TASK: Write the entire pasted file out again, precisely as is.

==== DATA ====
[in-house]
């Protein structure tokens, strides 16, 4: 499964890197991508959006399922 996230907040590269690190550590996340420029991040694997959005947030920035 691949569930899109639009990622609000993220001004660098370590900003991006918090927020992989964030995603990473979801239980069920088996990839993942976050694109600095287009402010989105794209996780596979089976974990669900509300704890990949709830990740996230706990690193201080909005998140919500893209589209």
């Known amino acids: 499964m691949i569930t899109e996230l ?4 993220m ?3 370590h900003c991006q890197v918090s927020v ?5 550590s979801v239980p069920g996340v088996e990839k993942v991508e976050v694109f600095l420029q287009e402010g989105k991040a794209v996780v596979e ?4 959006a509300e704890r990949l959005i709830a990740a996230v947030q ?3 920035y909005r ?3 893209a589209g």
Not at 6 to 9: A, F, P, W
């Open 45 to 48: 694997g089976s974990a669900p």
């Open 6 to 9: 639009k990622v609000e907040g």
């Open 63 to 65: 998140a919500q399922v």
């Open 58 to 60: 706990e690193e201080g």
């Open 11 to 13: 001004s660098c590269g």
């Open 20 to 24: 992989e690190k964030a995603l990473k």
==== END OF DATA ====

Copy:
[in-house]
């Protein structure tokens, strides 16, 4: 499964890197991508959006399922 996230907040590269690190550590996340420029991040694997959005947030920035 691949569930899109639009990622609000993220001004660098370590900003991006918090927020992989964030995603990473979801239980069920088996990839993942976050694109600095287009402010989105794209996780596979089976974990669900509300704890990949709830990740996230706990690193201080909005998140919500893209589209």
């Known amino acids: 499964m691949i569930t899109e996230l ?4 993220m ?3 370590h900003c991006q890197v918090s927020v ?5 550590s979801v239980p069920g996340v088996e990839k993942v991508e976050v694109f600095l420029q287009e402010g989105k991040a794209v996780v596979e ?4 959006a509300e704890r990949l959005i709830a990740a996230v947030q ?3 920035y909005r ?3 893209a589209g």
Not at 6 to 9: A, F, P, W
């Open 45 to 48: 694997g089976s974990a669900p």
């Open 6 to 9: 639009k990622v609000e907040g």
């Open 63 to 65: 998140a919500q399922v």
């Open 58 to 60: 706990e690193e201080g």
């Open 11 to 13: 001004s660098c590269g």
């Open 20 to 24: 992989e690190k964030a995603l990473k």